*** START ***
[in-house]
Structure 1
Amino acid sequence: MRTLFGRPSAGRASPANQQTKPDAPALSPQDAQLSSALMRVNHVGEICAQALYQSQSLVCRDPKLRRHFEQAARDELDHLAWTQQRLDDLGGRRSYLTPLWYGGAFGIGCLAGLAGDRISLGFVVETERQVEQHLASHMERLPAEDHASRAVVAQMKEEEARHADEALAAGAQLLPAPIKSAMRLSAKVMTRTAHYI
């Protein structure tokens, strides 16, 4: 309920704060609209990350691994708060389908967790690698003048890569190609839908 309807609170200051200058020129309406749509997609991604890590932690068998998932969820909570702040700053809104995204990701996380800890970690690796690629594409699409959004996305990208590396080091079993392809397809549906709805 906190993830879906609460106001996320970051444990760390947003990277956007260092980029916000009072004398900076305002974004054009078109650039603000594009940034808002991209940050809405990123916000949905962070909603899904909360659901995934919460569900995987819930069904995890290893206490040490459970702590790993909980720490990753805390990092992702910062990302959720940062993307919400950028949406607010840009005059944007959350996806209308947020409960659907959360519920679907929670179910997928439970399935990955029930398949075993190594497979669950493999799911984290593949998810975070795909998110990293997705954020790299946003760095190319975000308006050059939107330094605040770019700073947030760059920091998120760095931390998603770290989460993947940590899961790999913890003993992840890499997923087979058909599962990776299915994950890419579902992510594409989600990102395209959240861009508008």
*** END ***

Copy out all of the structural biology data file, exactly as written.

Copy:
[in-house]
Structure 1
Amino acid sequence: MRTLFGRPSAGRASPANQQTKPDAPALSPQDAQLSSALMRVNHVGEICAQALYQSQSLVCRDPKLRRHFEQAARDELDHLAWTQQRLDDLGGRRSYLTPLWYGGAFGIGCLAGLAGDRISLGFVVETERQVEQHLASHMERLPAEDHASRAVVAQMKEEEARHADEALAAGAQLLPAPIKSAMRLSAKVMTRTAHYI
């Protein structure tokens, strides 16, 4: 309920704060609209990350691994708060389908967790690698003048890569190609839908 309807609170200051200058020129309406749509997609991604890590932690068998998932969820909570702040700053809104995204990701996380800890970690690796690629594409699409959004996305990208590396080091079993392809397809549906709805 906190993830879906609460106001996320970051444990760390947003990277956007260092980029916000009072004398900076305002974004054009078109650039603000594009940034808002991209940050809405990123916000949905962070909603899904909360659901995934919460569900995987819930069904995890290893206490040490459970702590790993909980720490990753805390990092992702910062990302959720940062993307919400950028949406607010840009005059944007959350996806209308947020409960659907959360519920679907929670179910997928439970399935990955029930398949075993190594497979669950493999799911984290593949998810975070795909998110990293997705954020790299946003760095190319975000308006050059939107330094605040770019700073947030760059920091998120760095931390998603770290989460993947940590899961790999913890003993992840890499997923087979058909599962990776299915994950890419579902992510594409989600990102395209959240861009508008």